“The death of a public figure of Albert Einstein’s stature is the sort of event that, literally and figuratively, stops the presses. No scientist has been more famous, no antiwar activist’s voice has carried more conviction, no exemplar of genius has ever been as frequently invoked (albeit in language often dripping with sarcasm: “Nice going, Einstein!”) than the German-born father of modern physics. So when word came on a Monday morning in April 1955 that Einstein had died, at age 76, at New Jersey’s Princeton Hospital, the victim of an aortic aneurysm, the scramble was on to recount the story of his life and, as urgently, his death.
LIFE photographer Ralph Morse was among scores of journalists who descended on Princeton that day, hoping to find and report on something, anything, that might offer insight into what Einstein’s passing meant to his friends, family and peers as well as strangers around the world. No one but Morse, however, finagled his way into Einstein’s office. No one but Morse came away with a photograph that, six decades later, serves as a haunting reflection of both the man and his life’s work: a seemingly simple picture of Einstein’s desk, cluttered with notebooks, journals, a pipe, a tobacco tin; behind the desk a blackboard covered with equations and formulas that, to the untrained eye, possess an almost runic power.”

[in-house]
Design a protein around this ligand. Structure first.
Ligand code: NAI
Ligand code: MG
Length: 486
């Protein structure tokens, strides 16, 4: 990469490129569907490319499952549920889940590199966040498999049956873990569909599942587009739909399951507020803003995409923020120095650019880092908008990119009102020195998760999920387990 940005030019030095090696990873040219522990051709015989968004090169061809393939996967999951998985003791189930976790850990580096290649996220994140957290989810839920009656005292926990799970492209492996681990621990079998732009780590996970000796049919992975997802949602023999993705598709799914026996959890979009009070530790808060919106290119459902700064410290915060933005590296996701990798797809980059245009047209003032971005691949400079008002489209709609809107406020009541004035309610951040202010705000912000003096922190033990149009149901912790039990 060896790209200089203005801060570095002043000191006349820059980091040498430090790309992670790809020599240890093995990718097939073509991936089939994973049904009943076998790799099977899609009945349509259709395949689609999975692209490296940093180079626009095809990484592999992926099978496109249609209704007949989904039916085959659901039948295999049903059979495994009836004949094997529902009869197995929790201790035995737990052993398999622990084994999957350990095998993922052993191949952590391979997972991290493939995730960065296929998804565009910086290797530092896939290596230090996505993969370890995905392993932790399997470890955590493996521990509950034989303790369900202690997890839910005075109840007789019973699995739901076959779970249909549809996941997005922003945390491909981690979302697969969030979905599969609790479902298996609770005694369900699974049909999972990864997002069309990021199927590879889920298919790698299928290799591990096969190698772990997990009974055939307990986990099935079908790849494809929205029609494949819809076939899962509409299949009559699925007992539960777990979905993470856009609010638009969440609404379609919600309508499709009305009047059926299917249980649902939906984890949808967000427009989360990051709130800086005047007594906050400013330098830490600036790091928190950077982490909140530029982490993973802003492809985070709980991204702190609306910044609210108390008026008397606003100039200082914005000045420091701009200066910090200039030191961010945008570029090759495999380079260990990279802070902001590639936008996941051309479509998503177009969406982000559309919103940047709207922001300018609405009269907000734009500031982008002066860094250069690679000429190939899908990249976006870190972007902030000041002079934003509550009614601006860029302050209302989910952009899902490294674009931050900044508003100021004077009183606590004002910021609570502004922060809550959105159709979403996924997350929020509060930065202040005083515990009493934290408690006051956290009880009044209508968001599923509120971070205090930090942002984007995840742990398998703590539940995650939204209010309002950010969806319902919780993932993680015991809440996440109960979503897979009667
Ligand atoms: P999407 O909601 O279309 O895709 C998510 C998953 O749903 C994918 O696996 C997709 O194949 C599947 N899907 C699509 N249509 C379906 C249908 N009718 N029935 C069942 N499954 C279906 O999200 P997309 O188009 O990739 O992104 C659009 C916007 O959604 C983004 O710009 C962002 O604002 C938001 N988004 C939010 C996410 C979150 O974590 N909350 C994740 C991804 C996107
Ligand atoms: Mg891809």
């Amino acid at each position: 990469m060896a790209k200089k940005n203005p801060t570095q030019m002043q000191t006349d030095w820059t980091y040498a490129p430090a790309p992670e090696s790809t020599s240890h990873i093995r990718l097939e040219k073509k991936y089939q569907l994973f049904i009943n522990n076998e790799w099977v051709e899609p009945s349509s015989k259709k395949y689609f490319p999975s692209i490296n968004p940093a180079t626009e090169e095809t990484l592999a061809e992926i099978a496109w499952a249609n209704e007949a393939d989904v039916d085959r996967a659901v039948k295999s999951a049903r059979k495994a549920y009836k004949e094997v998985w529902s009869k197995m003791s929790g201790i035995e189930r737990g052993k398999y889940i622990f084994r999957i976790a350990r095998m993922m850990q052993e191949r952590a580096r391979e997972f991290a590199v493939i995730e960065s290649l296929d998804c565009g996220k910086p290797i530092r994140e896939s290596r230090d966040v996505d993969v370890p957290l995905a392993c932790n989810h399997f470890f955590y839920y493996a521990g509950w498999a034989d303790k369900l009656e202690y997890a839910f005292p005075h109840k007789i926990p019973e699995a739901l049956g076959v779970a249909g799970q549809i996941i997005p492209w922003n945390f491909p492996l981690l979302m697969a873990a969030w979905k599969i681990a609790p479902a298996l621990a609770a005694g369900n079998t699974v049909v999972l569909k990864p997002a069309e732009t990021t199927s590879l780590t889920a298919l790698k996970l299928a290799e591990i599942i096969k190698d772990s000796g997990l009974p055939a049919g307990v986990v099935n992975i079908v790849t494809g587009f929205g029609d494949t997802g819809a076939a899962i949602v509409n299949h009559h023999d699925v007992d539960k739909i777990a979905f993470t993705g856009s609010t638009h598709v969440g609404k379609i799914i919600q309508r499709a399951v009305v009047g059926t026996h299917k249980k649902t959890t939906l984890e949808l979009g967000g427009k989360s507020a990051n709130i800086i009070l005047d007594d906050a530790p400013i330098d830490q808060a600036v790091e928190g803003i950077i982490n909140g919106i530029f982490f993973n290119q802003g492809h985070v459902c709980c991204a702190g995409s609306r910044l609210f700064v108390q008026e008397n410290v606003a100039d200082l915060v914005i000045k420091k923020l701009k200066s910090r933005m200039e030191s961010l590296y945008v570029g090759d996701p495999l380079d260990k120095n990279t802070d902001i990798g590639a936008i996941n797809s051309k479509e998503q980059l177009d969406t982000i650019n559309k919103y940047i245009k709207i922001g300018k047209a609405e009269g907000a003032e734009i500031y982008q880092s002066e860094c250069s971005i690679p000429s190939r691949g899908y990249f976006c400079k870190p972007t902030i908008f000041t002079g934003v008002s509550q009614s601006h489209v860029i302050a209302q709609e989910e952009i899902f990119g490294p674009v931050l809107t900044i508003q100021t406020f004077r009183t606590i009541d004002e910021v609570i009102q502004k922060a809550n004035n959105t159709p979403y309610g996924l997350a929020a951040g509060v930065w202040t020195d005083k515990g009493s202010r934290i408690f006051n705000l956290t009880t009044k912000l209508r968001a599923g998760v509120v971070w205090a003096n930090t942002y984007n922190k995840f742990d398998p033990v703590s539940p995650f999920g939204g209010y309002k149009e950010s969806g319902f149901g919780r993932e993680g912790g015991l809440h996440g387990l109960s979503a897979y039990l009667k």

Photograph by Ralph Morse, via LIFE
(Do check out the link – the text above is pulled from that source, which tells the remarkable story of how Ralph managed to get this picture).